There’s a connection between what Oregonians once ate and what Californians ate. Throughout the nineteenth century, Oregon’s closest commercial connections were with California, and it was common for wealthier Oregonians to go shopping in San Francisco, and to winter in Santa Barbara or Pasadena.
IXL canned tamales
The Dalles, 1899
So despite a lack in Oregon of the overt Mexican/Spanishesque touches found in California’s architecture and place names, one will sometimes find such touches in the foods we ate, brought north intact. Tamales, for example. Helen Brown, in her West Coast Cook Book, comments on the “tamale man”* who peddled them on San Francisco streets in the 1870s. A recent piece by Gustavo Arellano in SF Weekly outlines that city’s tamale appetite, tracing it from the 1880s to the 1892 founding of the California Chicken Tamale Company by Robert H. Putnam, who soon promoted tamales in Chicago and New York. In 1894 San Francisco’s Midwinter Fair had a Tamale Village, and Good Housekeeping published a tamale recipe. A patent for canned tamales was issued in 1897 to Julius Bunzl of IXL Canning in San Francisco.
Oregon City, 1895
So it’s no surprise that there are tamales in Oregon in the 1890s. The Dalles Weekly Chronicle(May 29, 1895) makes mention of one “Frank Hunter, a tamale maker of Portland,” and tamales and oysters are hot stuff in Oregon City the same year. In the spring of 1896, Ferd Levy proposed to sell peanuts and hot tamales at Seaside during the summer, but was dissuaded by the high cost of peanuts (The Daily Morning Astorian, May 26 and 31, 1896). In 1897, an itinerant tamale man made a sensation in The Dalles when he knocked down a highwayman who tried to rob him, and then “picked up his outfit and came down the street calling “Red hot! All hot! Hot Tamales!” (The Dalles Daily Chronicle, November 18, 1897) Tamales were good for office workers:“Just right for the pen-pushers” said the advertisement for Zack’s oysters and tamales in Astoria (Daily Morning Astorian, July 9, 1899).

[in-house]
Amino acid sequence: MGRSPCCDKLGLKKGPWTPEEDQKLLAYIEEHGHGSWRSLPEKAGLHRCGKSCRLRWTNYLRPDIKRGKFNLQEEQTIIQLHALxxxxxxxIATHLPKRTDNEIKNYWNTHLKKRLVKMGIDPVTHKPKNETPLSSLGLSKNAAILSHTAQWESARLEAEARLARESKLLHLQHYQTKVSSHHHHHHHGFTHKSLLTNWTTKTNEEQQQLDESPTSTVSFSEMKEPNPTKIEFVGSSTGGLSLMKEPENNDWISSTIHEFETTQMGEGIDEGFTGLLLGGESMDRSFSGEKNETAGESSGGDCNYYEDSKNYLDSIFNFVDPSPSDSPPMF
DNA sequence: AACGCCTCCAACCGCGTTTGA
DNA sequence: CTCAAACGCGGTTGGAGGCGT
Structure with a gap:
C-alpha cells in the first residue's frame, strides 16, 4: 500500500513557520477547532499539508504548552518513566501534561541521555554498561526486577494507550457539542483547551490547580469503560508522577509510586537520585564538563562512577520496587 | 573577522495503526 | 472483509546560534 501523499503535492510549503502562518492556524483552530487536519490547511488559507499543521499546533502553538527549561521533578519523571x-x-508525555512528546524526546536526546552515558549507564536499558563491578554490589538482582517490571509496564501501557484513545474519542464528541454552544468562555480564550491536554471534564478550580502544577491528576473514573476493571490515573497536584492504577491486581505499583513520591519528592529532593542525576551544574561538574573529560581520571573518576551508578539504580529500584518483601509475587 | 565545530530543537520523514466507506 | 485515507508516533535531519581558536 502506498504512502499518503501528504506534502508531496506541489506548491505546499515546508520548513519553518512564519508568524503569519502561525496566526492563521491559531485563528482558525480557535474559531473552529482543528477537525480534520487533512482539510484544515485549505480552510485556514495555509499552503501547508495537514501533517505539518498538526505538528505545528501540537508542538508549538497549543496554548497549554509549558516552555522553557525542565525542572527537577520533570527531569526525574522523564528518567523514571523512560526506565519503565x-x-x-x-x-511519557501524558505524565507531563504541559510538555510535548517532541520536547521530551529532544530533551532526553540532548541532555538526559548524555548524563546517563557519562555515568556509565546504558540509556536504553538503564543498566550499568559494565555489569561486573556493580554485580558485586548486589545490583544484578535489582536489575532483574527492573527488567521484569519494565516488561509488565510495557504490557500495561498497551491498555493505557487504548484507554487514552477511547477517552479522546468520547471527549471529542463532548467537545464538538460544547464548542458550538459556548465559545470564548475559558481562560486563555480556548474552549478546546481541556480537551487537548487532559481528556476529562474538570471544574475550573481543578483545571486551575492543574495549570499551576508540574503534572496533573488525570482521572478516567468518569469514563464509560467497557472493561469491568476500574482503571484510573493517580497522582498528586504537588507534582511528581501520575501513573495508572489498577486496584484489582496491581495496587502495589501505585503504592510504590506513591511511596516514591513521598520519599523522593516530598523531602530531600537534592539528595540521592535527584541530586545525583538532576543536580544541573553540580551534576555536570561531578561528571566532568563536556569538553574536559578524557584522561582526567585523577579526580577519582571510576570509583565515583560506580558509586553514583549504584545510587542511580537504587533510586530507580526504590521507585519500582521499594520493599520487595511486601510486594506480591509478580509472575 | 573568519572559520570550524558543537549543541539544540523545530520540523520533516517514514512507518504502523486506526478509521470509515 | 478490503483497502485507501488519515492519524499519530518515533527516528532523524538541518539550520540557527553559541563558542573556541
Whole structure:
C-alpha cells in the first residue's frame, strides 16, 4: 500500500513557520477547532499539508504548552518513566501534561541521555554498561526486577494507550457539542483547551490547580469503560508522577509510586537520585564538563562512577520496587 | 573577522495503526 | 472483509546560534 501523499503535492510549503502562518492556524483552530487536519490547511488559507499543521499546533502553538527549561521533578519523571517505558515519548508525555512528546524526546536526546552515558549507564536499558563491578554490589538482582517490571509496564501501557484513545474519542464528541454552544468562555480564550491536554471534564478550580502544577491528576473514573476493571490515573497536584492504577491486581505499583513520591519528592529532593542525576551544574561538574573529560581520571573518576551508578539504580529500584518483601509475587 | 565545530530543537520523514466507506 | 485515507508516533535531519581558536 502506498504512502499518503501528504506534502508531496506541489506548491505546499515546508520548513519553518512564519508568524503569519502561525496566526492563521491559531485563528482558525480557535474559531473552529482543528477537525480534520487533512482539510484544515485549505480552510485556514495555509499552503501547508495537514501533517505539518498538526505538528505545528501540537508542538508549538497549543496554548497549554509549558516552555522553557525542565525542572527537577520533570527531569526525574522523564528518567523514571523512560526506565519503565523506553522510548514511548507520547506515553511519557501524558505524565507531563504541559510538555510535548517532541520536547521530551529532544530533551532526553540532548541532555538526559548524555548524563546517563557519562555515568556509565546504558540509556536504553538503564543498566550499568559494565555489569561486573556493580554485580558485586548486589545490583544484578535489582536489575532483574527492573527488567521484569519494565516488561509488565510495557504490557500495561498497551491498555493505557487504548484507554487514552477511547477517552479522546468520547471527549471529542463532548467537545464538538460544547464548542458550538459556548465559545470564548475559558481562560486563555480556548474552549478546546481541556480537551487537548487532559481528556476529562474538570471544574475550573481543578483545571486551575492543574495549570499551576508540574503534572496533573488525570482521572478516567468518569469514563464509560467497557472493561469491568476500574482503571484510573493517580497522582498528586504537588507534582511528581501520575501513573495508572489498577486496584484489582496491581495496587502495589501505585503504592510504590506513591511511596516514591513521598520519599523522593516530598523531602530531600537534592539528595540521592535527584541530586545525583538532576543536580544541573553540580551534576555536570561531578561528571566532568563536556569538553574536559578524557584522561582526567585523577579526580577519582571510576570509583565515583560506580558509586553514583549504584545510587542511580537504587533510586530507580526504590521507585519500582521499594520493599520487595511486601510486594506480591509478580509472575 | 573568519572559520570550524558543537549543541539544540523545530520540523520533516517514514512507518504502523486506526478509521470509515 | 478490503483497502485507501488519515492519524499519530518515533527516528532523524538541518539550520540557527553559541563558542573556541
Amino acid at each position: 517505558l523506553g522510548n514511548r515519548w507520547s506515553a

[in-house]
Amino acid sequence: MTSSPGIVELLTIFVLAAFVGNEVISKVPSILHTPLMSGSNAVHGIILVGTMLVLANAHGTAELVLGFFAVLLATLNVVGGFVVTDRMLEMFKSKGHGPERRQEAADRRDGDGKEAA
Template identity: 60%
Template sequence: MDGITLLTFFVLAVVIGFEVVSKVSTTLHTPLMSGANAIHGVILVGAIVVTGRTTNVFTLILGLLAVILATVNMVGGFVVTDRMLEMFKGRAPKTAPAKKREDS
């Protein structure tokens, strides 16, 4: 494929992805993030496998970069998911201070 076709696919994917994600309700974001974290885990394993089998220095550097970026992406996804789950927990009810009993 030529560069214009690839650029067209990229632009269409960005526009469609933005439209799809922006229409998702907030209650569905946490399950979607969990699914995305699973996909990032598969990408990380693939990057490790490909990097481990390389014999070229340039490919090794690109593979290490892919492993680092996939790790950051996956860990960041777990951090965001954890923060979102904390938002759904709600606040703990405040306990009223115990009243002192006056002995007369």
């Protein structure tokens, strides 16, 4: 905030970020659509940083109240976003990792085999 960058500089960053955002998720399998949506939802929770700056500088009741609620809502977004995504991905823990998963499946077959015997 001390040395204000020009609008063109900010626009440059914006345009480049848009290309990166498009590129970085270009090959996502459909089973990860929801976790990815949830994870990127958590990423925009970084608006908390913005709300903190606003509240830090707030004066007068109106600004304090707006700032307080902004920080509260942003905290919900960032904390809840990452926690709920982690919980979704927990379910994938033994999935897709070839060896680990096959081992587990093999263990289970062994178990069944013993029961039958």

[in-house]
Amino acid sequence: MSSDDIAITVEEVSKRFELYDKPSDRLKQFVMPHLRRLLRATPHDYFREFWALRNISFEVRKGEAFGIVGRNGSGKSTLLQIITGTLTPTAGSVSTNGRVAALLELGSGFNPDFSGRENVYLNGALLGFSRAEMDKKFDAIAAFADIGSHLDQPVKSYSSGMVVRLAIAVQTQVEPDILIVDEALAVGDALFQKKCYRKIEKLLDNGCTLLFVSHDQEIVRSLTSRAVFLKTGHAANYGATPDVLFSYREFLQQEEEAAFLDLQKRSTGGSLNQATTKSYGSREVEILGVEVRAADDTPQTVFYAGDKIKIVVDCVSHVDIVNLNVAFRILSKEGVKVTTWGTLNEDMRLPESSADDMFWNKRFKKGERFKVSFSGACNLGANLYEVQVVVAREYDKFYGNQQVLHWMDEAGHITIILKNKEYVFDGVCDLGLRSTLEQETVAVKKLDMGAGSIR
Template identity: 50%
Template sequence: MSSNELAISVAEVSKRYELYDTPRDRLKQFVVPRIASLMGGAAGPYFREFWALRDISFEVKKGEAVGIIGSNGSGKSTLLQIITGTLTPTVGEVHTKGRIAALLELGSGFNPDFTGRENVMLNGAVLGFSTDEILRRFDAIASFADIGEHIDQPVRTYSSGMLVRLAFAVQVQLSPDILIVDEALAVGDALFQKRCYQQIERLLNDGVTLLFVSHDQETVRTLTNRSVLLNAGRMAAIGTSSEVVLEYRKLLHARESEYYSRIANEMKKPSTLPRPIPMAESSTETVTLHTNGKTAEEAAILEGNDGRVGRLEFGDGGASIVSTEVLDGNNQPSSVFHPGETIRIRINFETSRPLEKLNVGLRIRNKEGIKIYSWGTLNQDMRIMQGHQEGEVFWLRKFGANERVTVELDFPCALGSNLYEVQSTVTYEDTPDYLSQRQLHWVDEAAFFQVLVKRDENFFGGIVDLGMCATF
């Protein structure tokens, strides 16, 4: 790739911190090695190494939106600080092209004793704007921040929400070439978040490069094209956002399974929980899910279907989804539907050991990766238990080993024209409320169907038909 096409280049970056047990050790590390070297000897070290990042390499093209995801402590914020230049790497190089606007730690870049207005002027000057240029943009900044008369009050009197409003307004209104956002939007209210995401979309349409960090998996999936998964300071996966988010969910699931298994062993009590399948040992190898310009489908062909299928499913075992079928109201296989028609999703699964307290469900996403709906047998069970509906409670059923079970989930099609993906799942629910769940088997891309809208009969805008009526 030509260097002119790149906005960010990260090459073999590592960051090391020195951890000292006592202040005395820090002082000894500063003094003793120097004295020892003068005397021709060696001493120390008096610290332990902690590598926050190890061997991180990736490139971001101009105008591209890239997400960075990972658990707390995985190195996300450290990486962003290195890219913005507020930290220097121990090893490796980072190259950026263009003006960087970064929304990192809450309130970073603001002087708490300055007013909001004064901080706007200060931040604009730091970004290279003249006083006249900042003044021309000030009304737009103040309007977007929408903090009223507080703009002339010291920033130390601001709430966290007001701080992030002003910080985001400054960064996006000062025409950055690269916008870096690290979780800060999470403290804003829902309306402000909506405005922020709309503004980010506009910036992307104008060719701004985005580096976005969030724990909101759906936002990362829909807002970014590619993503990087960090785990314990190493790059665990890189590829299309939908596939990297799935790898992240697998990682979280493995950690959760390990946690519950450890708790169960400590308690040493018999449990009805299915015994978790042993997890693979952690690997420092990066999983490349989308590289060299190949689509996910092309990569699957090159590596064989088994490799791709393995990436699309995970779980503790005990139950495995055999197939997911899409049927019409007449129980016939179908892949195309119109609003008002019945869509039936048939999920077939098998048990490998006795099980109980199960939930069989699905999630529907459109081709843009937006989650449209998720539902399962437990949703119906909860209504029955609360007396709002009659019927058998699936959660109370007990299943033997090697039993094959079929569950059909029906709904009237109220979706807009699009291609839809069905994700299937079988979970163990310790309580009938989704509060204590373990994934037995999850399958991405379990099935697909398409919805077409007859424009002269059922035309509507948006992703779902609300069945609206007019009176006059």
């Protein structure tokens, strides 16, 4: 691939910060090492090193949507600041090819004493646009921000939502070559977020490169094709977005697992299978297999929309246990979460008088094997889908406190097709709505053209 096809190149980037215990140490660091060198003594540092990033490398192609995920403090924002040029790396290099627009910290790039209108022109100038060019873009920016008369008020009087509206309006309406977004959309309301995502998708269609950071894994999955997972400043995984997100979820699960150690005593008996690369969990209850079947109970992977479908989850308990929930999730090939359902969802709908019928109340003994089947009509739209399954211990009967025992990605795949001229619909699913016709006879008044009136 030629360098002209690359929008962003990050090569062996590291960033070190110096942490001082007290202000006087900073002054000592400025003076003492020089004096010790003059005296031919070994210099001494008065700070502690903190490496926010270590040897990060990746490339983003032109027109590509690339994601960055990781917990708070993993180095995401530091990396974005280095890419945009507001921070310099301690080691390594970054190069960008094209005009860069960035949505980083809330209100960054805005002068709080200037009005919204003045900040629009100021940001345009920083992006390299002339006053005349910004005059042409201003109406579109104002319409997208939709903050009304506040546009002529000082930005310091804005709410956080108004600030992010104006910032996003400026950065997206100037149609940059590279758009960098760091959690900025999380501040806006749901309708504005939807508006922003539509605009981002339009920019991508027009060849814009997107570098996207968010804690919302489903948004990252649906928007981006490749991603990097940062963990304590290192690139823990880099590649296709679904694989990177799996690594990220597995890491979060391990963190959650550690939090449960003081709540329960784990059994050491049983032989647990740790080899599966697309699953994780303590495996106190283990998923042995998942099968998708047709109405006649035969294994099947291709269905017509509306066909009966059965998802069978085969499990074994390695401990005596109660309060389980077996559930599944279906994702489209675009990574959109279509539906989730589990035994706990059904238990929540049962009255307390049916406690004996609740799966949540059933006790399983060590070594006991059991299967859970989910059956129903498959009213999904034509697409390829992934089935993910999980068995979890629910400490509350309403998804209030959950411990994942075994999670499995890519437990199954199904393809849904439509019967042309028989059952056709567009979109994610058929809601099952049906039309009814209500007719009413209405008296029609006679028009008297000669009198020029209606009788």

By the early 1900s, tamale recipes turned up in Oregon newspaper columns and community cookbooks, along with other Mexican-inspired dishes, often described as “Spanish.”
Old Fashioned Cook Book, Containing “Mother’s Favorite Recipes,” Ladies’ Aid Society, Forbes Presbyterian Church, Portland, Albina district, 1905 or 1906:
Mix 2 pints of finely-ground cooked chicken meat with 1 pint finely-ground fresh boiled ham. Cut 2 large red peppers in half, remove seeds, place peppers in saucepan with boiling water, cook five minutes, remove and chop fine. Add them to the meat, season with ½ teaspoon salt, same of pepper. Place a saucepan with 3 cupfuls chicken broth over the fire, mix 2 tablespoons yellow Indian meal, same of white Indian meal; add it slowly to the boiling chicken broth, add ½ tablespoon of butter, stir and cook til thick, season with salt to taste. Put some dried corn husks in warm water, and soak for half an hour; remove, cut of even size, spread each out on a dish, cover with a thin layer of the meal paste, put a tablespoonful of the meat in the center lengthwise, fold the husk around it, twist the ends and tie them. Place in a steamer and steam for 1½ hours, or cover with chicken broth and cook 1 hour.—B.
* Cf. Portland’s “Tamale Boy” food cart of 2012, and the opening in 2014 of a full restaurant of that name.